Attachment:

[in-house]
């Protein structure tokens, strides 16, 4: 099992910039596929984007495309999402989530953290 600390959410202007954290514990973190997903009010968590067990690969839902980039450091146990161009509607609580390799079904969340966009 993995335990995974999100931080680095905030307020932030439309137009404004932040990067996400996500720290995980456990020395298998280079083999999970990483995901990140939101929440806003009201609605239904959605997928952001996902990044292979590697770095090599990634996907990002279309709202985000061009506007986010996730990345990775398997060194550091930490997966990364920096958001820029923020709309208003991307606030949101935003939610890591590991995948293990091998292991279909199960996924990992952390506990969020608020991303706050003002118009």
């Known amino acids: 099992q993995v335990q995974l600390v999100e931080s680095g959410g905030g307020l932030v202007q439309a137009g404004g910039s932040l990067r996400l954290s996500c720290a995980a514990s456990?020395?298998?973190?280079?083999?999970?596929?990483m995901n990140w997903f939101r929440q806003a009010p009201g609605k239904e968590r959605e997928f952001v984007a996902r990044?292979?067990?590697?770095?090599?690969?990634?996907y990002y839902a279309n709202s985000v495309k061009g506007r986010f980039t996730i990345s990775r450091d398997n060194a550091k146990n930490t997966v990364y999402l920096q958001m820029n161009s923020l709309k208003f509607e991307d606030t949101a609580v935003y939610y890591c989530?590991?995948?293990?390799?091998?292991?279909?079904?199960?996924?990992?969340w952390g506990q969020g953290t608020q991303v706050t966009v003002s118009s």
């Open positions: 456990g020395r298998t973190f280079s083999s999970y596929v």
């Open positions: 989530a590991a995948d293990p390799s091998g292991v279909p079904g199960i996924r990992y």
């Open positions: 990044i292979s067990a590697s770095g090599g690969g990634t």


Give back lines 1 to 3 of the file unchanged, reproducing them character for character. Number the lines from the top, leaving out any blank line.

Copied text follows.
[in-house]
């Protein structure tokens, strides 16, 4: 099992910039596929984007495309999402989530953290 600390959410202007954290514990973190997903009010968590067990690969839902980039450091146990161009509607609580390799079904969340966009 993995335990995974999100931080680095905030307020932030439309137009404004932040990067996400996500720290995980456990020395298998280079083999999970990483995901990140939101929440806003009201609605239904959605997928952001996902990044292979590697770095090599990634996907990002279309709202985000061009506007986010996730990345990775398997060194550091930490997966990364920096958001820029923020709309208003991307606030949101935003939610890591590991995948293990091998292991279909199960996924990992952390506990969020608020991303706050003002118009």
């Known amino acids: 099992q993995v335990q995974l600390v999100e931080s680095g959410g905030g307020l932030v202007q439309a137009g404004g910039s932040l990067r996400l954290s996500c720290a995980a514990s456990?020395?298998?973190?280079?083999?999970?596929?990483m995901n990140w997903f939101r929440q806003a009010p009201g609605k239904e968590r959605e997928f952001v984007a996902r990044?292979?067990?590697?770095?090599?690969?990634?996907y990002y839902a279309n709202s985000v495309k061009g506007r986010f980039t996730i990345s990775r450091d398997n060194a550091k146990n930490t997966v990364y999402l920096q958001m820029n161009s923020l709309k208003f509607e991307d606030t949101a609580v935003y939610y890591c989530?590991?995948?293990?390799?091998?292991?279909?079904?199960?996924?990992?969340w952390g506990q969020g953290t608020q991303v706050t966009v003002s118009s």